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"Fiscal Deficit and Economic Growth Linkages in India: Impact of FRBM Act".
In the past, FRBM fiscal targets have been point estimates without a clearly defined guidance on relaxing these targets during exceptional circumstances.
And some improvement again started being witnessed since the 2002-03 which was conditioned by the enactment of the Fiscal Responsibility and Budget Management (FRBM) Act in 2003.
Merely meeting targets stipulated in the FRBM Act through clever accounting practices such as the transfer of massive subsidies to oil marketing and fertiliser companies as off budget items will not do.
Various mechanisms have been adopted to ensure compliance with the FRBM Act.
However, the rolling targets for 2012-13 and 2013-14 (restricting the revenue and fiscal deficit to 2.1% and 3.5% of GDP, respectively) continue to be less stringent than those indicated by the Thirteenth Finance Commission (ThFC) in its report that was published last year.1 Nevertheless, the announcement regarding the introduction of an amendment to the Fiscal Responsibility and Budget Management Act, 2003 (FRBM Act) to lay down the fiscal roadmap for the coming five years is a positive step.
The above rating factors in the persistent high level of revenue and fiscal deficits of GoWB, continued high level of committed expenditure, high debt level in relation to revenue receipts, implications of the recommendations of Fifth Pay Commission on the finances of GoWB (entailing enhanced salary & pension payment together with arrear payment), improving but relatively low debt-servicing indicators, gradual increase in the pace of industrialisation in the State of West Bengal, steady growth in NSDP and steps being taken by GoWB to improve its present financial position by adopting the FRBM legislation to avail the benefits of Thirteenth Finance Commission (THFC) and contemplating various measures for increasing revenue receipts and containing revenue expenditure.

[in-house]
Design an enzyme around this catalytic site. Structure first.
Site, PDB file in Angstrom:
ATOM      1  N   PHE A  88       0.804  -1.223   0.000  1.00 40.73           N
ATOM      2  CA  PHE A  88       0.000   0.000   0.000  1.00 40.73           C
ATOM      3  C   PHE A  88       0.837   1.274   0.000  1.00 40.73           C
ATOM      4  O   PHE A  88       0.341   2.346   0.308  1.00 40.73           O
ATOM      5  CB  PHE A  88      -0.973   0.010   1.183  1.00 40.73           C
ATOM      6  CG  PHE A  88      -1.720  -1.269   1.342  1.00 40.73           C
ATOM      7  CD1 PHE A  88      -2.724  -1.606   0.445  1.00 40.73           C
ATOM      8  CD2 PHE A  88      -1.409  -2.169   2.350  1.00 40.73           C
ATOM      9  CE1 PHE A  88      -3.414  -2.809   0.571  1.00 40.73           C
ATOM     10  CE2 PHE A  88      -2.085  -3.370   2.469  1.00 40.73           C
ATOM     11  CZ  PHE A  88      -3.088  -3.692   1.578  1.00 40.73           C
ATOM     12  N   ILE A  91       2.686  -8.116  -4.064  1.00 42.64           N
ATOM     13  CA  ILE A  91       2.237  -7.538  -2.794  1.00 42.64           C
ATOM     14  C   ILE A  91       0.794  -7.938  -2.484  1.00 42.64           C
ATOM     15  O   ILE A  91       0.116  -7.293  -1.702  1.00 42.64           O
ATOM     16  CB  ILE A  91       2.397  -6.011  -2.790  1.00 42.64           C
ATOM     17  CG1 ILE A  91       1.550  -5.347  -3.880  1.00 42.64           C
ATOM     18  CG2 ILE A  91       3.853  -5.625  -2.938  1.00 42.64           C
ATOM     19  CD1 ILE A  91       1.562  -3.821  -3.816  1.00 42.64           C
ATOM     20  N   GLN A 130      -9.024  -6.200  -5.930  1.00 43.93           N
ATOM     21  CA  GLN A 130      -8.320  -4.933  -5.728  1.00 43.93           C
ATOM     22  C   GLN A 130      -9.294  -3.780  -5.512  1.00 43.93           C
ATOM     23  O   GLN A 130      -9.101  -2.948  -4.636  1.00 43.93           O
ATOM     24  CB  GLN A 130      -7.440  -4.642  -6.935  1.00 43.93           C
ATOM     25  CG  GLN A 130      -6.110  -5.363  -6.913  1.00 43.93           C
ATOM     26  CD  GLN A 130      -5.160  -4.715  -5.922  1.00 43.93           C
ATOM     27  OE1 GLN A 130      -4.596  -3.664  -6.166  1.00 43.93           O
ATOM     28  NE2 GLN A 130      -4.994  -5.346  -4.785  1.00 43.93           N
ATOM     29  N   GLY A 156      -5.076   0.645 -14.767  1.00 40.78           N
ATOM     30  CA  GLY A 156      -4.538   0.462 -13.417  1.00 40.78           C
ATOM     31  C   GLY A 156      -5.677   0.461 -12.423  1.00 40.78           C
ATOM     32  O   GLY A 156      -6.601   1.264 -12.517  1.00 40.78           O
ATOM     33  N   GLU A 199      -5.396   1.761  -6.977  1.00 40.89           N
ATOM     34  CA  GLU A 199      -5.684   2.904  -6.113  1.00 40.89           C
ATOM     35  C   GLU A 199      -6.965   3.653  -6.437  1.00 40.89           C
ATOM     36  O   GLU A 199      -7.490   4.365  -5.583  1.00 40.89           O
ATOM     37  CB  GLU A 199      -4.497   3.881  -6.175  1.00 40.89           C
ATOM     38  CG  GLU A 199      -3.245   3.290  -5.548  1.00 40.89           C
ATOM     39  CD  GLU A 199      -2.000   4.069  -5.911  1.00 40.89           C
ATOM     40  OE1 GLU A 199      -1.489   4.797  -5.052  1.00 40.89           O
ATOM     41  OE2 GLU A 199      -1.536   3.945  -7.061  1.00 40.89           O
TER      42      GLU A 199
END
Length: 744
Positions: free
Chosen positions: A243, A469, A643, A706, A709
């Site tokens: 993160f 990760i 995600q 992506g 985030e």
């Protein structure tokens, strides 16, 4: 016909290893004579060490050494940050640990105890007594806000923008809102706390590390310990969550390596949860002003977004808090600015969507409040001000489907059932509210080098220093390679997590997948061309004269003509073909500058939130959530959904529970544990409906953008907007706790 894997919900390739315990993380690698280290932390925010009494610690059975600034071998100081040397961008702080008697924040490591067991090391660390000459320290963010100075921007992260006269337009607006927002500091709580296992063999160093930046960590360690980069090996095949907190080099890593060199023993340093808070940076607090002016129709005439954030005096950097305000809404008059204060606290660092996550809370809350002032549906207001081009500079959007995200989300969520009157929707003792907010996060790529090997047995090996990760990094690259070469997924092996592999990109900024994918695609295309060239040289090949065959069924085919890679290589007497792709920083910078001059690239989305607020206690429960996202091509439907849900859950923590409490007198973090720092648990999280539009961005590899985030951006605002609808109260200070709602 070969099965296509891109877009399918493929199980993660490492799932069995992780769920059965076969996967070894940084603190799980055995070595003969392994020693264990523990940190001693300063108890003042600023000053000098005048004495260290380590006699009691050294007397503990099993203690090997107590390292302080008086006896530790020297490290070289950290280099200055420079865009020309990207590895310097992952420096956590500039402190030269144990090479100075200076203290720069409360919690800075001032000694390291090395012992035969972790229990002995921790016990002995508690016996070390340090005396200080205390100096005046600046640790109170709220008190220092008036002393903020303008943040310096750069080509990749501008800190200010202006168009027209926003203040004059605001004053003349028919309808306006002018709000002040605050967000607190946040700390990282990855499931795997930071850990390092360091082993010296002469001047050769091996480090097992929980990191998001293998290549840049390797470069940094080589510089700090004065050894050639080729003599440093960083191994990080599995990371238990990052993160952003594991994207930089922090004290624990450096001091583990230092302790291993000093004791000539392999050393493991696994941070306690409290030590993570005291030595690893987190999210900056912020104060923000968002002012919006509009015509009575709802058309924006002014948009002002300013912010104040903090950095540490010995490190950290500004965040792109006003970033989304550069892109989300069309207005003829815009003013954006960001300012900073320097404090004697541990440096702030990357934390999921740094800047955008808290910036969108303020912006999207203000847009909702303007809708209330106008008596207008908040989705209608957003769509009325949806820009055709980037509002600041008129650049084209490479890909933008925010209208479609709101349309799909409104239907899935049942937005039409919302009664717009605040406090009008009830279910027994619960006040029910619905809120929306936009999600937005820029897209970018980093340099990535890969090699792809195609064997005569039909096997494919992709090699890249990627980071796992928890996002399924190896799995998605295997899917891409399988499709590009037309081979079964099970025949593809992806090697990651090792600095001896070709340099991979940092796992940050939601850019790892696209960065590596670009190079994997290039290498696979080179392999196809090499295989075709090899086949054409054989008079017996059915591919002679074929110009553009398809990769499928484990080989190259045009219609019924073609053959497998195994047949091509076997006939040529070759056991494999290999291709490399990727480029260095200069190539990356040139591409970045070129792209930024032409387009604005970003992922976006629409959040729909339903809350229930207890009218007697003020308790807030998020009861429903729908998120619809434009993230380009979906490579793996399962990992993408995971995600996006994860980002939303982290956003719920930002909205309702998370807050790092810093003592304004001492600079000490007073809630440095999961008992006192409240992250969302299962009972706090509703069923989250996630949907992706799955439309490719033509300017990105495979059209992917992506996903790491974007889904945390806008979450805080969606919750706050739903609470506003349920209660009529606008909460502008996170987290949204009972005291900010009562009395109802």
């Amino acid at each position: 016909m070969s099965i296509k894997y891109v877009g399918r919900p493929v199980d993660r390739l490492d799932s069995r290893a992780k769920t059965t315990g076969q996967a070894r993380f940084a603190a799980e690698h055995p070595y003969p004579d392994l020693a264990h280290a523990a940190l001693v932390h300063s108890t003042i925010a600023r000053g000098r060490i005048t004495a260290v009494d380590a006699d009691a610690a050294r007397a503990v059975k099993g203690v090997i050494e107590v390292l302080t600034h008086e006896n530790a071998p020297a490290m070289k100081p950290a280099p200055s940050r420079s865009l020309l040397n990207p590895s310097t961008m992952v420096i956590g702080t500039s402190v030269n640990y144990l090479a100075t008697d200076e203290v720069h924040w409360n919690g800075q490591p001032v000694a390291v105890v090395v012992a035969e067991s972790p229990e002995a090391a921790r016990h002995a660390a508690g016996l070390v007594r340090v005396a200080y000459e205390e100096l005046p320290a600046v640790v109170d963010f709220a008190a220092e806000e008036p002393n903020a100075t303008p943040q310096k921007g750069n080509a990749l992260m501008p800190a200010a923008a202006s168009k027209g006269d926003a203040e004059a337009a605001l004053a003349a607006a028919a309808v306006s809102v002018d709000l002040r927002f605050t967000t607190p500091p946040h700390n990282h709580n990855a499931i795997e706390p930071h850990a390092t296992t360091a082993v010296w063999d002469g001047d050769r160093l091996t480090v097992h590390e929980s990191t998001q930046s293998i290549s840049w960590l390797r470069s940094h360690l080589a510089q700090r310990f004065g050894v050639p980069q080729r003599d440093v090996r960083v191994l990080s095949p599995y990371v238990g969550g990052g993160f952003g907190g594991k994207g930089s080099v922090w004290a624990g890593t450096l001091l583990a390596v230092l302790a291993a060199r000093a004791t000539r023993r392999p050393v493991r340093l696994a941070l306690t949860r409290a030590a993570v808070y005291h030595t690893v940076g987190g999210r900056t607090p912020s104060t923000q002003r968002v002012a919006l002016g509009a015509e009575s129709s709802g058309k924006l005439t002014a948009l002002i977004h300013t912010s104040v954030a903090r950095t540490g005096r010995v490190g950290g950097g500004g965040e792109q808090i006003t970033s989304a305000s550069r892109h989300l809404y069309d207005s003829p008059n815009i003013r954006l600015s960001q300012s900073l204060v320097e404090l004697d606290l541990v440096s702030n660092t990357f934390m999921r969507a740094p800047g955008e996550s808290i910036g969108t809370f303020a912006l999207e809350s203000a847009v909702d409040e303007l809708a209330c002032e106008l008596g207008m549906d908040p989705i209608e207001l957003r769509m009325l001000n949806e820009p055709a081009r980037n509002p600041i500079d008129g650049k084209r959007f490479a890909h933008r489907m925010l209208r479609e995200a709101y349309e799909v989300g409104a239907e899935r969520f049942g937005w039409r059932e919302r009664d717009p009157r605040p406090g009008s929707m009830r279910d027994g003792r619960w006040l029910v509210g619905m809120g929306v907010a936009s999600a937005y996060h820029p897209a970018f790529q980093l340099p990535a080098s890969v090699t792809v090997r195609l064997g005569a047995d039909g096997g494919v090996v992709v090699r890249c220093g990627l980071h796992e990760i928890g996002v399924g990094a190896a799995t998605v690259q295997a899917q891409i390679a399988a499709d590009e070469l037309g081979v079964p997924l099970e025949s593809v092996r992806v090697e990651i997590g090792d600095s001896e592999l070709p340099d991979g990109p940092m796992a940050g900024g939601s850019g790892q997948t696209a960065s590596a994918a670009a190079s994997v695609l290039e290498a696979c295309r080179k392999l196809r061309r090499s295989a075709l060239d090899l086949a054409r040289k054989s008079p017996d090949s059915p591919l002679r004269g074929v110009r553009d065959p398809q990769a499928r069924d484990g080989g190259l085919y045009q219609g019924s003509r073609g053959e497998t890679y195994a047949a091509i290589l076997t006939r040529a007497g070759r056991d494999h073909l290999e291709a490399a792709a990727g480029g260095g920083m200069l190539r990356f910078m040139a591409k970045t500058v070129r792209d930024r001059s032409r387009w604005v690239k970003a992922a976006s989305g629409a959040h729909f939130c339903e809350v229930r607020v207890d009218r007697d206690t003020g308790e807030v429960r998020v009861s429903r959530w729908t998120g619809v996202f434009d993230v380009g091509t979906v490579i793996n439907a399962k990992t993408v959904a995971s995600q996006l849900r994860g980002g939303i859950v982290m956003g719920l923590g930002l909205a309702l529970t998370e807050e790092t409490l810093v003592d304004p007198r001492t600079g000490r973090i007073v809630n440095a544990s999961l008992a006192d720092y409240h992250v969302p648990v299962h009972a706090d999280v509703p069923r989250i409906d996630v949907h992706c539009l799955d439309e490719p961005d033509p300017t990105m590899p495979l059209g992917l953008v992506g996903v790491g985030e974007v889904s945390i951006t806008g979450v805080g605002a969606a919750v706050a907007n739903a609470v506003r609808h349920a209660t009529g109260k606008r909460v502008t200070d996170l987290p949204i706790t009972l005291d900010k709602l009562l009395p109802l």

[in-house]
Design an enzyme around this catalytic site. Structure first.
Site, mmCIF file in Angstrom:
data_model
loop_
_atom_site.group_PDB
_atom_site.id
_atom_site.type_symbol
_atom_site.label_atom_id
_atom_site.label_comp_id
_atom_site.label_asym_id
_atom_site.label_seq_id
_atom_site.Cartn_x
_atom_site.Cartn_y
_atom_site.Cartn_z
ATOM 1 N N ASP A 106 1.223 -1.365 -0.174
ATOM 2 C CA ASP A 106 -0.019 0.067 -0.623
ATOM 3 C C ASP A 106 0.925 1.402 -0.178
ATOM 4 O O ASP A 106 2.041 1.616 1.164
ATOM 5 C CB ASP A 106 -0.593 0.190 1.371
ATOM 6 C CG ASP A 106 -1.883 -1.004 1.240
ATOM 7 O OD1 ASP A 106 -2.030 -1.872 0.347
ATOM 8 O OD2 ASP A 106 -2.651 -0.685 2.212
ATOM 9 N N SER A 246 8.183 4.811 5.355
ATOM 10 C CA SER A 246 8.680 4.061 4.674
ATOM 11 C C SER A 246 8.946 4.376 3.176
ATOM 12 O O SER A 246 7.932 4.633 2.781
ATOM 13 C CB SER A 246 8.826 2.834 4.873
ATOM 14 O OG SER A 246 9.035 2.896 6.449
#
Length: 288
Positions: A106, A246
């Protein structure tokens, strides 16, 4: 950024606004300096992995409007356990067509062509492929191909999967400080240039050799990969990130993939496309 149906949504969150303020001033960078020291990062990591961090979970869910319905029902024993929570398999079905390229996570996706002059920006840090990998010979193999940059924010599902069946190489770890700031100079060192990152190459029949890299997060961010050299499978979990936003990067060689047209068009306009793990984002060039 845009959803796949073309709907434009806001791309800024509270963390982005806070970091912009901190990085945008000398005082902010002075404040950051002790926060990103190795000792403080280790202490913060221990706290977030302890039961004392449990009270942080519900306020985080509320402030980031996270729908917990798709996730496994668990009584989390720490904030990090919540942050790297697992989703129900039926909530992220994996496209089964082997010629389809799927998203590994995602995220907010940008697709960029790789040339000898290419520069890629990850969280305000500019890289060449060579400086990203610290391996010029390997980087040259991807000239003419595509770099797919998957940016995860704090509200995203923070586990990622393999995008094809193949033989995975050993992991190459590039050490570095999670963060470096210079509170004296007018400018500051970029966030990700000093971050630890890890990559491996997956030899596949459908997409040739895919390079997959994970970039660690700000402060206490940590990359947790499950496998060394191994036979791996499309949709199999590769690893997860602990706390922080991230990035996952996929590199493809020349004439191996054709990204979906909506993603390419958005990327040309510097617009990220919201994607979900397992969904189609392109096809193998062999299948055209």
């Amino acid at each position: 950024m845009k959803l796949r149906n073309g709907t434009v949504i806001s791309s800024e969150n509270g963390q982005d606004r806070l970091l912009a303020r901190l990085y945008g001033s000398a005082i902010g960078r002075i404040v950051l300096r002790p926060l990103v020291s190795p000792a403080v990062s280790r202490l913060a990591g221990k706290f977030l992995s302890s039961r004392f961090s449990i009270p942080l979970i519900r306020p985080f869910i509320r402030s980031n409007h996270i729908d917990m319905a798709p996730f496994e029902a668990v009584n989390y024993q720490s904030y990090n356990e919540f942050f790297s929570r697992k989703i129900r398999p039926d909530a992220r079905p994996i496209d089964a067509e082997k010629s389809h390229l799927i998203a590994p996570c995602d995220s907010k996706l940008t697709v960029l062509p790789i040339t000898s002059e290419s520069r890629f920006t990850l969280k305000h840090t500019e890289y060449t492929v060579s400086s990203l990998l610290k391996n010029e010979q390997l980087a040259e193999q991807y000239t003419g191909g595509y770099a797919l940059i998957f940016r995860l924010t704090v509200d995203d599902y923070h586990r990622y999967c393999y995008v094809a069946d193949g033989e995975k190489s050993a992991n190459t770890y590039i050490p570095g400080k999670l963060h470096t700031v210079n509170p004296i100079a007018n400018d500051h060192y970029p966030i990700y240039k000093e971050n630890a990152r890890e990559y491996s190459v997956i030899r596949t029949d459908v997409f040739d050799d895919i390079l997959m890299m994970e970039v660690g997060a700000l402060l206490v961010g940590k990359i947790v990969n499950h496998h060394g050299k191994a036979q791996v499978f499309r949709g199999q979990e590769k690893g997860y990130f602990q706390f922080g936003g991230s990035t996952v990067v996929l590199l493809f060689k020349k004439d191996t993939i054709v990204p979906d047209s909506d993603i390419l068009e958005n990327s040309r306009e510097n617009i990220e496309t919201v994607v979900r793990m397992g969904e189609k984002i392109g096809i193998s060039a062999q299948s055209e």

But now, the Fiscal Responsibility and Budget Management (FRBM) laws constrain government spending and as a result, borrowing is on its way down.
By addressing these, the UPA can reduce the Centre and the states' combined debt-GDP ratio from 82 per cent to 65-70 per cent in five years which is the FRBM (Fiscal Responsibility and Budget Management) target the TFC has laid down.
The government has relaxed FRBM targets for 2008-09 to provide the much needed demand boost to counter the situation created by the global economic downturn.
2800 crores in 2006-07 and was able to maintain the stipulated targets of the FRBM with respect to fiscal and revenue deficits.
Main limitations of the Budget--2008-09 is its inability to fulfill FRBM target.
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